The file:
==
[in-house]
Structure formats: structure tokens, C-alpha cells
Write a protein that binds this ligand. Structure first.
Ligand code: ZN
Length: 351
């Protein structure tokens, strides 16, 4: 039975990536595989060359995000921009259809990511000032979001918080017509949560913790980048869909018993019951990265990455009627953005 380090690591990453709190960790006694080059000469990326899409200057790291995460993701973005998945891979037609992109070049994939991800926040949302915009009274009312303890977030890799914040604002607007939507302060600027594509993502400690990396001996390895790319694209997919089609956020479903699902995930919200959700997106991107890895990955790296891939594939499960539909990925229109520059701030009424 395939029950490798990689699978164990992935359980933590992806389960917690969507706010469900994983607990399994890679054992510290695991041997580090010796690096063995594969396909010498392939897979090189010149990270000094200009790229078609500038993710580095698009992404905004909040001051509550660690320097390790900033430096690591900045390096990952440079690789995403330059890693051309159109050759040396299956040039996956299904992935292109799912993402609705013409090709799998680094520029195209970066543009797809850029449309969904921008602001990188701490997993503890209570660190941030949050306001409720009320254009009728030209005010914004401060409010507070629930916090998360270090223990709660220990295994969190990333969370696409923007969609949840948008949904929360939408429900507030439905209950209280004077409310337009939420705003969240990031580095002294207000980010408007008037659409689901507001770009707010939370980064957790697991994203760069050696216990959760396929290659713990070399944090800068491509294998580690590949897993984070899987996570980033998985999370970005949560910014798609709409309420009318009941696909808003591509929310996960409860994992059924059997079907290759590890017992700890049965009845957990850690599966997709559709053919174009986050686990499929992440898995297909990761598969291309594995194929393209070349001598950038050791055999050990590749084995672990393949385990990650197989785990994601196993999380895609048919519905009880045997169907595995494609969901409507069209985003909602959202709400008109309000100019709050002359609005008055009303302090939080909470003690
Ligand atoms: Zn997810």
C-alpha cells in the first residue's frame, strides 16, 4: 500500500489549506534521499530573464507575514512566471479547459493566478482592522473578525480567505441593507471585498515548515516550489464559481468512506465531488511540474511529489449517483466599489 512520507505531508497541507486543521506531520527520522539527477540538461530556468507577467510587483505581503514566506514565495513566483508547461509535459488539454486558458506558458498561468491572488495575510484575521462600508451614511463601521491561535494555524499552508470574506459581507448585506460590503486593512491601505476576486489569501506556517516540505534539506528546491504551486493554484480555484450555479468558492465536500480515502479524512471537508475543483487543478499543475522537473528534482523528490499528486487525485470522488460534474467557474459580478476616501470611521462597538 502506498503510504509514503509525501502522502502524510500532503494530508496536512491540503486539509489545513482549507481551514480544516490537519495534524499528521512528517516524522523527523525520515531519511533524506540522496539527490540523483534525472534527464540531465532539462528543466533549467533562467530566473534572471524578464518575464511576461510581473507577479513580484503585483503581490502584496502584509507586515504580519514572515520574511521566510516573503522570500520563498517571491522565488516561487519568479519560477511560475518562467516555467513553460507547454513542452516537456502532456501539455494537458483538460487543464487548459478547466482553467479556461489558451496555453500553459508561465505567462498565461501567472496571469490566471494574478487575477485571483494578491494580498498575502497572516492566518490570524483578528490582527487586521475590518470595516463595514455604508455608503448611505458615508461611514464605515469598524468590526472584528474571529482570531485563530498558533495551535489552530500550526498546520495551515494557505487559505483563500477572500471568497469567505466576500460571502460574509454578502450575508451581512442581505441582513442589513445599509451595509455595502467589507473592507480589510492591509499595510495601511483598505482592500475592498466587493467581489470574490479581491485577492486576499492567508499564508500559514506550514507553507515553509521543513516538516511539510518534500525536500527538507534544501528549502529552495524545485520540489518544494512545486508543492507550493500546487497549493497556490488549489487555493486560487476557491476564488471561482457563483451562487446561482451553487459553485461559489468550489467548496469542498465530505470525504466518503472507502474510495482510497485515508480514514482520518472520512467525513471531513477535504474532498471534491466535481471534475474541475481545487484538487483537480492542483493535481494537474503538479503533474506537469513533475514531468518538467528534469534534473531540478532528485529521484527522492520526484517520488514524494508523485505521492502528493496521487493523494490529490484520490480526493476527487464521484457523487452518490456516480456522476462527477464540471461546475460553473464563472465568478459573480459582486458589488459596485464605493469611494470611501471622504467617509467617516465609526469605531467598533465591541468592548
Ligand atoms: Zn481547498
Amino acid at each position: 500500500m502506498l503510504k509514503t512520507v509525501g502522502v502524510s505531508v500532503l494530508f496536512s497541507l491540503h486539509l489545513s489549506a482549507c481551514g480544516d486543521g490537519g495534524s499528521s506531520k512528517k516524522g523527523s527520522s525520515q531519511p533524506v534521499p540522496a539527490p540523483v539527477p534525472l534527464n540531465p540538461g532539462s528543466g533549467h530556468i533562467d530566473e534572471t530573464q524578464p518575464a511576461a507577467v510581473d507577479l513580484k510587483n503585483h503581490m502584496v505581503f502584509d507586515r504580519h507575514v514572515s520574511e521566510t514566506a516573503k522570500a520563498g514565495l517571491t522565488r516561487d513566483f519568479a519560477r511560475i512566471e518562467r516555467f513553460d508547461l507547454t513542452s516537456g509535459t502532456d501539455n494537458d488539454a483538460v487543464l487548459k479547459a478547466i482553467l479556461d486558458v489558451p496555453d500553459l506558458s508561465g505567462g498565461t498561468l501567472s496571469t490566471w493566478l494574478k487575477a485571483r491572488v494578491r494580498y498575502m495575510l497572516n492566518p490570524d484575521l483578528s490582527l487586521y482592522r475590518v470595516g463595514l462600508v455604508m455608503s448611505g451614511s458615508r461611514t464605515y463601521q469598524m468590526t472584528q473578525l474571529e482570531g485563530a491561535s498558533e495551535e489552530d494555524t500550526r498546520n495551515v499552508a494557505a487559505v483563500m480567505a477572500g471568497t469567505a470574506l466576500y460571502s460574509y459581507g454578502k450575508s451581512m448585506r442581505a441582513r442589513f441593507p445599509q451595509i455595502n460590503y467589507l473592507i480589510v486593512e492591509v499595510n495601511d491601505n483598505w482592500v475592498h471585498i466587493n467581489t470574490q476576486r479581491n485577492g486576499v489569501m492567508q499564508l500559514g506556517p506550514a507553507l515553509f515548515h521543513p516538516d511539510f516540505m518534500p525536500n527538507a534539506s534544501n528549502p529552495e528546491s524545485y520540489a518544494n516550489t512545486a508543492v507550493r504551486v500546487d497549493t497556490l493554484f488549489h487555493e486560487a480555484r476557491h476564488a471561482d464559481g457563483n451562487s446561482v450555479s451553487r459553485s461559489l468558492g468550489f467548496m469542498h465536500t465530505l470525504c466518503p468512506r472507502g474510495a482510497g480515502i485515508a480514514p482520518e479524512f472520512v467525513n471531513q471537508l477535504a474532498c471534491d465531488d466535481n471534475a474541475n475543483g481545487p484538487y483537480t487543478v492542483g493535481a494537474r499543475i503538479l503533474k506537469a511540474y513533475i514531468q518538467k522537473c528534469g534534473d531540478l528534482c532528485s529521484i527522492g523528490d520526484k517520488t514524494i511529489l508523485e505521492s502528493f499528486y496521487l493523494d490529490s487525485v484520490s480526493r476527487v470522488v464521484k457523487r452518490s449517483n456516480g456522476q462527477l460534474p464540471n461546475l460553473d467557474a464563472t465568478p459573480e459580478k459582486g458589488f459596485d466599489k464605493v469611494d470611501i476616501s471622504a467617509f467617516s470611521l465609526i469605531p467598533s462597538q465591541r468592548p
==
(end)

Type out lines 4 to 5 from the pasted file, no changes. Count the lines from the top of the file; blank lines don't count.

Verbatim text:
Ligand code: ZN
Length: 351